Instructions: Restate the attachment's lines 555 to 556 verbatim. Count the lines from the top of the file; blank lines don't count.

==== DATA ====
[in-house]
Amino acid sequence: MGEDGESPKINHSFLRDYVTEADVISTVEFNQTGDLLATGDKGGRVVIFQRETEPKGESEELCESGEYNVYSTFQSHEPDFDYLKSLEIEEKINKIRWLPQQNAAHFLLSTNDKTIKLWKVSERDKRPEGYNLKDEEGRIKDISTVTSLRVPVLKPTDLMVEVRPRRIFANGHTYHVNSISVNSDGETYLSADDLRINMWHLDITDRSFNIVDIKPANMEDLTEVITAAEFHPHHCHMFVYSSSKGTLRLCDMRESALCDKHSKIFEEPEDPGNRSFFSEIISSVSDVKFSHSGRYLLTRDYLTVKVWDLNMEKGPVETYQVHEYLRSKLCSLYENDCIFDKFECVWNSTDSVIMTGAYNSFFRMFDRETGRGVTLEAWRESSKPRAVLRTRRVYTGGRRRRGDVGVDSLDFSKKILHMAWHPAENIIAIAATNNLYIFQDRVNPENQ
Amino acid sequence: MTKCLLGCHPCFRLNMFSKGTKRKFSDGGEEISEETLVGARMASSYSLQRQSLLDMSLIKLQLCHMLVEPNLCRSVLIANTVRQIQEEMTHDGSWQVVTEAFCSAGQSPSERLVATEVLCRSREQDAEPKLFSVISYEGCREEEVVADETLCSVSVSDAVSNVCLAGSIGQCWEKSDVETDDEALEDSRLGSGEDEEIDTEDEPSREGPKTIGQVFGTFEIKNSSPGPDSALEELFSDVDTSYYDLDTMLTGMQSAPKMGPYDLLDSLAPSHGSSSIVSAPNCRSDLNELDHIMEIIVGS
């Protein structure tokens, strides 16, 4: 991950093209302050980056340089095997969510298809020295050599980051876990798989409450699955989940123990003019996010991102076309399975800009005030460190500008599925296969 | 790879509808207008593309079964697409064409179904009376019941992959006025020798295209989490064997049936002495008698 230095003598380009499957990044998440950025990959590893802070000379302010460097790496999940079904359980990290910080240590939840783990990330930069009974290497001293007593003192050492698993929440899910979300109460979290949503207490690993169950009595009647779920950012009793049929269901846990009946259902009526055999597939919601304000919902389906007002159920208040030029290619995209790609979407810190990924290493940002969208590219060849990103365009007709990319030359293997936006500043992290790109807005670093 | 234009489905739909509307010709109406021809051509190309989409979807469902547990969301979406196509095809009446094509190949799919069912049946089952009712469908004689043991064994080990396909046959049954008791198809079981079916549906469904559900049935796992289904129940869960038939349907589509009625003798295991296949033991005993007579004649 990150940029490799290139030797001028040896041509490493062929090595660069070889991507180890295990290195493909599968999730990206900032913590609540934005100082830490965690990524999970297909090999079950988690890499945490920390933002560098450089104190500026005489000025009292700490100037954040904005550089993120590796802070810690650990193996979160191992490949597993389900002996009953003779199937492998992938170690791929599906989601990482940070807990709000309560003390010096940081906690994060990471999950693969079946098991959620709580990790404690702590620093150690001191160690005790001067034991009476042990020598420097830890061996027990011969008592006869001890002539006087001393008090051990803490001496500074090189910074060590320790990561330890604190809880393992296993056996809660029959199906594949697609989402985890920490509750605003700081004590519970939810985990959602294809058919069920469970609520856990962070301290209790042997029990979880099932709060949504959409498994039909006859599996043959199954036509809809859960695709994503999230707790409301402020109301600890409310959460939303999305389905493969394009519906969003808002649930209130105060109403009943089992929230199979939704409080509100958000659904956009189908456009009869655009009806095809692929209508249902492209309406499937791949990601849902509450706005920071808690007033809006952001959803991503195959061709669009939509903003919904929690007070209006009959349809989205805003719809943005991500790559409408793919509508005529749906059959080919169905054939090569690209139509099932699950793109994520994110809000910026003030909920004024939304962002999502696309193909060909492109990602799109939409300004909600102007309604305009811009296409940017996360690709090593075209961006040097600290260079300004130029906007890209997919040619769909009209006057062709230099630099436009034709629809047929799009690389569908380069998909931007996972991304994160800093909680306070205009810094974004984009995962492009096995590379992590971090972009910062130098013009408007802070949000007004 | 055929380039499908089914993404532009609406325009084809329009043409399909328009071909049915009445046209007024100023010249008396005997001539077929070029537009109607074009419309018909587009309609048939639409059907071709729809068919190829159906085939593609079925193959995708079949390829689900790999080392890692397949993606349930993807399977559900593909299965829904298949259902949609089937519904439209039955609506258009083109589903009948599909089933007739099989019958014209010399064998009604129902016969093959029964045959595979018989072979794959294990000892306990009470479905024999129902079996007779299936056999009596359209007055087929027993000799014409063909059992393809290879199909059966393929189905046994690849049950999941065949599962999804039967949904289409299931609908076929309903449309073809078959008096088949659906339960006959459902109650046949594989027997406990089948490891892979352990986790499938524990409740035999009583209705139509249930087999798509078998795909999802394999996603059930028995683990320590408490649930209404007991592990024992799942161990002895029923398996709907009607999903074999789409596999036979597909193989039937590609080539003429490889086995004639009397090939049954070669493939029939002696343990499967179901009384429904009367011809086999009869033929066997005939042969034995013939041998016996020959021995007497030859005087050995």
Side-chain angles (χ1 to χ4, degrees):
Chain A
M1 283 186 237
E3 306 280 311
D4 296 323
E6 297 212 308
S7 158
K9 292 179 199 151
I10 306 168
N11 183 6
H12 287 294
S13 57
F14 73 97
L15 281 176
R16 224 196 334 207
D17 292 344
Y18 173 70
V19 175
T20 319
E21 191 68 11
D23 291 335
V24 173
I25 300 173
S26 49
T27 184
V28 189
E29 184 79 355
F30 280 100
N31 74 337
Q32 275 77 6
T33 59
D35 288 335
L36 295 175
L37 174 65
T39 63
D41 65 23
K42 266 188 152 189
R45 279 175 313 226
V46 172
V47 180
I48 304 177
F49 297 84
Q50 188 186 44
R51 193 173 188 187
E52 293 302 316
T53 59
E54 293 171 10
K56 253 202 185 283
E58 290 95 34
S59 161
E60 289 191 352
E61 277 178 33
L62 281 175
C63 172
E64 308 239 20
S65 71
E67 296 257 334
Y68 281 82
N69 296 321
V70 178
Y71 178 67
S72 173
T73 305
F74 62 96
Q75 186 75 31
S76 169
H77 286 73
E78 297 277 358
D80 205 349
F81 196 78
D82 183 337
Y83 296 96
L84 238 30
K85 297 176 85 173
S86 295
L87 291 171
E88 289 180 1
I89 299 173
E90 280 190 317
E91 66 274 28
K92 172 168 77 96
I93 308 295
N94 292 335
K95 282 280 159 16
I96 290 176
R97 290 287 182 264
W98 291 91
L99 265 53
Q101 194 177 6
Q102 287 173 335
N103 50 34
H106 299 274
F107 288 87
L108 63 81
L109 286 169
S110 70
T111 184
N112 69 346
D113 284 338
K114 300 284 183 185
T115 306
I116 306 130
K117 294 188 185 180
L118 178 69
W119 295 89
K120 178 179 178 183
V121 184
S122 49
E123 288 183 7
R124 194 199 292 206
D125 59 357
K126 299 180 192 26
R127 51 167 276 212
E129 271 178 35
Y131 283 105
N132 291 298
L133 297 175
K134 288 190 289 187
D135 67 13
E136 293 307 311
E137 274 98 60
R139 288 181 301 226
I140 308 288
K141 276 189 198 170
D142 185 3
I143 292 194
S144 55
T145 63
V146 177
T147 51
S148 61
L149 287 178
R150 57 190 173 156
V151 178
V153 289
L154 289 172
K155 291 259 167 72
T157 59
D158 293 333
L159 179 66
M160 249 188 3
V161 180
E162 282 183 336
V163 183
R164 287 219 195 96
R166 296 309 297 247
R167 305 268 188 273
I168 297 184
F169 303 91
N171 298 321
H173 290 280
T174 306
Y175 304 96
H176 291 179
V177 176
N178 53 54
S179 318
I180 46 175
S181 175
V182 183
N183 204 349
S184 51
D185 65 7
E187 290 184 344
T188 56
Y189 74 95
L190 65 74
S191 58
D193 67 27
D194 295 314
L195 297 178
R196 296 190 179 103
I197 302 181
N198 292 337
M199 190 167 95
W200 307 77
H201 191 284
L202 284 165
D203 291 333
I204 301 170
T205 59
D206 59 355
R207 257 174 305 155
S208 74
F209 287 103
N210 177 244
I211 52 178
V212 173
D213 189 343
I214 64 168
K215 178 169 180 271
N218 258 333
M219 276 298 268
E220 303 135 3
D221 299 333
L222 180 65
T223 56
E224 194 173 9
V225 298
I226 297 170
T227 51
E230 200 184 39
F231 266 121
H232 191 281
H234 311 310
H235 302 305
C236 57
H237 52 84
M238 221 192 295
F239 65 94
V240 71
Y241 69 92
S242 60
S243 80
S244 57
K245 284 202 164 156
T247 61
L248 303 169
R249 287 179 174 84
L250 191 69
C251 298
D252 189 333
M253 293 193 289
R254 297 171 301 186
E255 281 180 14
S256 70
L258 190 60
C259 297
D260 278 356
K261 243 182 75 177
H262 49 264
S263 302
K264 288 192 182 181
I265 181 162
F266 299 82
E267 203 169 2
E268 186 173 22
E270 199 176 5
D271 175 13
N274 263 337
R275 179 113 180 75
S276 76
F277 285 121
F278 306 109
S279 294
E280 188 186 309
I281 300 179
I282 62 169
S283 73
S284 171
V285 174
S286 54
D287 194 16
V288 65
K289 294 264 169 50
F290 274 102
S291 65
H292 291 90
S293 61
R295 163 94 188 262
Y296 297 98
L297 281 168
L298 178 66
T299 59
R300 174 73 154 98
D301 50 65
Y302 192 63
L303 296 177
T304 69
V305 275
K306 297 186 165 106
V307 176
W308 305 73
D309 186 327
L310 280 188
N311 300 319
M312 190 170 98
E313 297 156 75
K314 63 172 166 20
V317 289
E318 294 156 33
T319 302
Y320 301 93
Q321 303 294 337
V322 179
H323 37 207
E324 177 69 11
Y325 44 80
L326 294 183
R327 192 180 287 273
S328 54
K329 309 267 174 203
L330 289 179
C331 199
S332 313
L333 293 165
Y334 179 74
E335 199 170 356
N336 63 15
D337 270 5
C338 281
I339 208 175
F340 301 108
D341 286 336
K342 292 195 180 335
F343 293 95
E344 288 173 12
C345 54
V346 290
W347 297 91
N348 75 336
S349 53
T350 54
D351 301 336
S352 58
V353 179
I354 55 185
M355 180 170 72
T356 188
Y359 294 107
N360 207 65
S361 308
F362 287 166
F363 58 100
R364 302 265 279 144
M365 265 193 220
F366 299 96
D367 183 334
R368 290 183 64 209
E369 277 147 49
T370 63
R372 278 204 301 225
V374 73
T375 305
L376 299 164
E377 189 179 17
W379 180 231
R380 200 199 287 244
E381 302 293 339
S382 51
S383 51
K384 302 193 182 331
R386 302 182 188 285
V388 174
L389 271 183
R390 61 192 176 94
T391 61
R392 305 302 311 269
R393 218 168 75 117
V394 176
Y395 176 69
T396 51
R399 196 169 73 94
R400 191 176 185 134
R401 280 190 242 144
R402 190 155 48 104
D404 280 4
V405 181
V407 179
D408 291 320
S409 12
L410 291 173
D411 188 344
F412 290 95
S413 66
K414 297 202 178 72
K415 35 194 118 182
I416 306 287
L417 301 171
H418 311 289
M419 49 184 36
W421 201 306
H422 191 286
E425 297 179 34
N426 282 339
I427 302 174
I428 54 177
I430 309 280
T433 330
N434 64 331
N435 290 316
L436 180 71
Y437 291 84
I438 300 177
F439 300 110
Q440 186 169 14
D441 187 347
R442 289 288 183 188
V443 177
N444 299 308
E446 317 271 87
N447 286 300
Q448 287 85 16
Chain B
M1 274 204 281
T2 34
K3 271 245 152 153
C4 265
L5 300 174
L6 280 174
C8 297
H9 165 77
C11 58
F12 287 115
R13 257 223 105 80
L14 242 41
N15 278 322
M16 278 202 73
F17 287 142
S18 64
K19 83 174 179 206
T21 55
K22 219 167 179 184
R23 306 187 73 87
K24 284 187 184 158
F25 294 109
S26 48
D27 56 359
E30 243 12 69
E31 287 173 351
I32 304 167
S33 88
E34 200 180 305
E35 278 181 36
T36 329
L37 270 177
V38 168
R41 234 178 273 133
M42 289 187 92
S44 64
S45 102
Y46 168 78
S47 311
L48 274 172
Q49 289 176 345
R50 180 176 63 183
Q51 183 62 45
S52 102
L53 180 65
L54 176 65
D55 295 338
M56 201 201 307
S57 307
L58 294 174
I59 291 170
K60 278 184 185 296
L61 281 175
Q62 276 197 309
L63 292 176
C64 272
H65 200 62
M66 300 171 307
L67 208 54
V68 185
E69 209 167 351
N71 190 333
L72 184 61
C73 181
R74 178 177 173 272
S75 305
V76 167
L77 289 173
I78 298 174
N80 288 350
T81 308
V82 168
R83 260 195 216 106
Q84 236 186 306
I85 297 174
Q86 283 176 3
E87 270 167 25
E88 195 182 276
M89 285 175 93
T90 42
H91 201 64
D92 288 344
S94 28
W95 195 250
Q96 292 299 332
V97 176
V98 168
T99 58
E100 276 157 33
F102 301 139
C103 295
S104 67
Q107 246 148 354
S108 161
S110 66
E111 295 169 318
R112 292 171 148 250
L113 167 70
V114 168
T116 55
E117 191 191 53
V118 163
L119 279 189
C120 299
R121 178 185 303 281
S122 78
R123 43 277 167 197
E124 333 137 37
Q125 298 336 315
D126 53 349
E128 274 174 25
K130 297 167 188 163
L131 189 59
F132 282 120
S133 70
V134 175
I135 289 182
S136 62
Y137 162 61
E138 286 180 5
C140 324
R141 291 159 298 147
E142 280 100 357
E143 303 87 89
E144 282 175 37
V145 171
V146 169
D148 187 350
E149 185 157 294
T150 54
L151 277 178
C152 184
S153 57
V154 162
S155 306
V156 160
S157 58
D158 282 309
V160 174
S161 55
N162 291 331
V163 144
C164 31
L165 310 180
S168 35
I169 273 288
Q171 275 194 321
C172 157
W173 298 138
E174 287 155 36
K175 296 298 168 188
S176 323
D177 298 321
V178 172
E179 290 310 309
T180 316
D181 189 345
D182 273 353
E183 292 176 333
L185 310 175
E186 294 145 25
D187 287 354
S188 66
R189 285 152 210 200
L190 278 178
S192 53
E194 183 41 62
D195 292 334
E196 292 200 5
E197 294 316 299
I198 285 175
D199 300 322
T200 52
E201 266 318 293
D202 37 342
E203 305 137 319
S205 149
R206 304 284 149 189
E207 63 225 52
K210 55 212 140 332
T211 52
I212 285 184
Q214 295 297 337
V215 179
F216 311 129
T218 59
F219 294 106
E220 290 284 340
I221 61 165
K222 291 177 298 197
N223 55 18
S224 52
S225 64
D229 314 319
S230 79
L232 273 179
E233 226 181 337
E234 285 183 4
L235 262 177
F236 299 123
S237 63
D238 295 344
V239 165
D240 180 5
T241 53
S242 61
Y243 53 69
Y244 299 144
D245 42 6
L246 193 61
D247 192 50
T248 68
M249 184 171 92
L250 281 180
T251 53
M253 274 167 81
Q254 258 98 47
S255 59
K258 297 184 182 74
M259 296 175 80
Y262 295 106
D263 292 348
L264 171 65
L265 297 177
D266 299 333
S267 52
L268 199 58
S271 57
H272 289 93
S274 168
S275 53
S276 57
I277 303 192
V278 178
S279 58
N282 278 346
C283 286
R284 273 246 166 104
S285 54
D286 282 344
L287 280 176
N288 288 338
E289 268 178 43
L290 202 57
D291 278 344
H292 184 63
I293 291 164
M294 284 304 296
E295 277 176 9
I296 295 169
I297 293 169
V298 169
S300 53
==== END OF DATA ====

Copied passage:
D181 189 345
D182 273 353